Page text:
Sweet Potato Black Rot – How To Manage Sweet Potatoes With Black Rot

Image by Scot Nelson

By Bonnie L. Grant, Certified Urban Agriculturist

Sweet potatoes are one of the major cultivated root crops in the world. They need 90 to 150 frost-free days to harvest. Sweet potato black rot is a potentially damaging disease caused by a fungus. The disease is easily transmitted from equipment, insects, contaminated soil or plant material. Black rot on sweet potato can be easily prevented in most cases, but chemical control of already infected plants is not available.

Signs of Black Rot on Sweet Potato

Dark, dry, bruise-like lesions on sweet potato may be a symptom of a common disease of Ipomoea. The disease can also affect such plants as cacao, taro, cassava, coffee, and mango. The fungus essentially breaks down the outer vascular layer of the root, rarely infecting the interior of the tuber. Sweet potatoes with black rot are essentially animal fodder or garbage once infected.

Small round spots that appear to be slightly sunken are the initial symptoms of the disease. Sweet potatoes with black rot will develop larger spots that darken and have tiny black fungal structures with stalks. These cause a sweet, sickly fruit smell and may invite insects to transmit the disease.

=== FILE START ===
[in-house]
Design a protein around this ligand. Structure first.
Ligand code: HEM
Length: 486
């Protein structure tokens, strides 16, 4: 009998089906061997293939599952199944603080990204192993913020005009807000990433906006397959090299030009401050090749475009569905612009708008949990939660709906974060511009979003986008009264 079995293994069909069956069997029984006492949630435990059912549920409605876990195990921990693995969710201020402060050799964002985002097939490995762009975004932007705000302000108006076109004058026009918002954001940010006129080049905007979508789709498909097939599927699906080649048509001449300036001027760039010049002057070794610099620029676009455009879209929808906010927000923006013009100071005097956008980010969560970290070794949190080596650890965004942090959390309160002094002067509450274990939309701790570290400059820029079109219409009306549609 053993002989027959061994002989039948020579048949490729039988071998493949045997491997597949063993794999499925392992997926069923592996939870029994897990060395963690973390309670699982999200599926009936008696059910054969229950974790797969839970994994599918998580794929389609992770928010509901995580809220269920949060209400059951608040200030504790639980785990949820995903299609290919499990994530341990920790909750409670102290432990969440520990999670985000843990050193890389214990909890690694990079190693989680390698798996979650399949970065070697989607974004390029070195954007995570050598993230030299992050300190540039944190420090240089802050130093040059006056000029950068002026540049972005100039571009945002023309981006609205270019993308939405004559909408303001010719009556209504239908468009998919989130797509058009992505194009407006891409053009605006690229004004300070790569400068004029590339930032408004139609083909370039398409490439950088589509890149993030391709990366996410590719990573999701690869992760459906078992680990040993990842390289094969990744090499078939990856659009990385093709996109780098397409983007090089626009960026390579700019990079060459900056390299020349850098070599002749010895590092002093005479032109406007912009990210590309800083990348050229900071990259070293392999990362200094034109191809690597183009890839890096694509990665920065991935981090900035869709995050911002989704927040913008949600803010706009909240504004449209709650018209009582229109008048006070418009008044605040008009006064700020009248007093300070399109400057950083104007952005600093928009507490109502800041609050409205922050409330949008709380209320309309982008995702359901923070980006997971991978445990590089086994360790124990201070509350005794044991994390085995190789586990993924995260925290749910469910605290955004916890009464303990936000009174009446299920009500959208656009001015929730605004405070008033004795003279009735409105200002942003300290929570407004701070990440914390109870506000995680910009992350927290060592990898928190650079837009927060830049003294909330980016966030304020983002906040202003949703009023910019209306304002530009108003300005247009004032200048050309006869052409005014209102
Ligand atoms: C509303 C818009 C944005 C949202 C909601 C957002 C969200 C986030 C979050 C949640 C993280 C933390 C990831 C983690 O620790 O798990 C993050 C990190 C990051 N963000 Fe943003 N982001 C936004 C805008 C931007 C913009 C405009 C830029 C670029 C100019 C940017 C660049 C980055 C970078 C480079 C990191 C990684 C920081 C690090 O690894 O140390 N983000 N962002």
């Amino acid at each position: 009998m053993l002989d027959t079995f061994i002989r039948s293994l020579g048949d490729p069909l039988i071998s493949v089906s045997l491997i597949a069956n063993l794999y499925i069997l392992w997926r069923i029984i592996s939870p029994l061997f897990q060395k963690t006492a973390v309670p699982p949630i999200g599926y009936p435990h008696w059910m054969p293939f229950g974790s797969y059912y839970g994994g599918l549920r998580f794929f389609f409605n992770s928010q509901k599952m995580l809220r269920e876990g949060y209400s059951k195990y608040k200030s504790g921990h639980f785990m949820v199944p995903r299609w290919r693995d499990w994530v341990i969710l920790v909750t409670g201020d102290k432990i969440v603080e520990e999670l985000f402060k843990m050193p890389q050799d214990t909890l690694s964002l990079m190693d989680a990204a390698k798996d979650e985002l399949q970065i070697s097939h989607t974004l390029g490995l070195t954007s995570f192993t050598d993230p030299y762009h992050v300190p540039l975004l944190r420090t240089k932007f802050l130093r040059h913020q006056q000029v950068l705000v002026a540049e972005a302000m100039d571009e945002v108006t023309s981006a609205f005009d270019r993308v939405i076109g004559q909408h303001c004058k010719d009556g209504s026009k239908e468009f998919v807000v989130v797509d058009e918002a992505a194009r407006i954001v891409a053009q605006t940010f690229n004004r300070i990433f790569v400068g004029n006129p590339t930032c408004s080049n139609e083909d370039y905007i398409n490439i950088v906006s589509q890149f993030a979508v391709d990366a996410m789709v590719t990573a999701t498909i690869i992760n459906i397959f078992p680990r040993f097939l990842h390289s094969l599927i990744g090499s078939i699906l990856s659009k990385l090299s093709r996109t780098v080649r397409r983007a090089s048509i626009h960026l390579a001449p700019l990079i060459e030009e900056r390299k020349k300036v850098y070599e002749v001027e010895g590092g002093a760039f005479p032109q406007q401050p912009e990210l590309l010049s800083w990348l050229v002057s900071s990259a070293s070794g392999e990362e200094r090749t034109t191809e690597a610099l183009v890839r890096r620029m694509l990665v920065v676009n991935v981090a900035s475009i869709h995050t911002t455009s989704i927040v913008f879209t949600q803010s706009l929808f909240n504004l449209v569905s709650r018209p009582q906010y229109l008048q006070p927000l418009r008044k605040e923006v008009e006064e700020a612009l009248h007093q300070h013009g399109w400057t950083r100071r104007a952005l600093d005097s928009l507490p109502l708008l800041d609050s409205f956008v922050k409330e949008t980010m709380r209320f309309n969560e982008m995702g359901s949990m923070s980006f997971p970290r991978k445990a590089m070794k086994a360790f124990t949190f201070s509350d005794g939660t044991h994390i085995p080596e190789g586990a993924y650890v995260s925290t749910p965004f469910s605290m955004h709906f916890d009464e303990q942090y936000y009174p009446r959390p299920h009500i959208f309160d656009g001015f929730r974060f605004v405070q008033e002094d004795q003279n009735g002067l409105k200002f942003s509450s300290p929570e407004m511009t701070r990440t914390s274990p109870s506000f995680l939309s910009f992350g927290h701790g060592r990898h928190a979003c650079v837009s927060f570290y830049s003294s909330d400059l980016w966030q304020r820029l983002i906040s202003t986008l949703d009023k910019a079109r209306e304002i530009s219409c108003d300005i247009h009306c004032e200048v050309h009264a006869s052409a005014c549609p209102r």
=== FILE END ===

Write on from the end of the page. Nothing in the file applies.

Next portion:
The rot can occasionally spread to the cortex of the sweet potato. The dark areas have a bitter taste and are not palatable. Sometimes, the entire root rots. The disease may be noticeable at harvest or well into storage time or even market.

Preventing Sweet Potato Black Rot

Black rot of sweet potatoes comes most often from infected roots or splits. The fungus can also live in soil for several years and enter through wounds in the tubers. Additionally, it overwinters in sweet potato plant debris or certain host plants, such as wild morning glories. The fungus produces prolific spores, which contaminate machinery, washing bins, gloves, and crates. Often, one infected potato can spread the disease through an entire cured and packed lot.

Insects are also vectors of the disease, such as sweet potato weevils, common pests of the plants. Temperatures above 50 to 60 degrees Fahrenheit (10 to 16 C.) encourage the formation of spores and enhance the spread of the disease.

Black rot cannot be controlled with fungicides or any other listed chemical. The best cure is prevention. Purchase disease free roots and slips. Do not plant sweet potatoes in the same place but once every 3 to 4 years. Remove host plants. Wash and cure the harvest immediately and do not store potatoes until completely dry. Cull diseased or suspicious roots at harvest.

Decontaminate any equipment and avoid damaging slips or roots. Slips or roots can be treated with a pre-planting dip of fungicide. Exercise good care of plants and sanitation practices and most of the sweet potatoes should escape significant damage.

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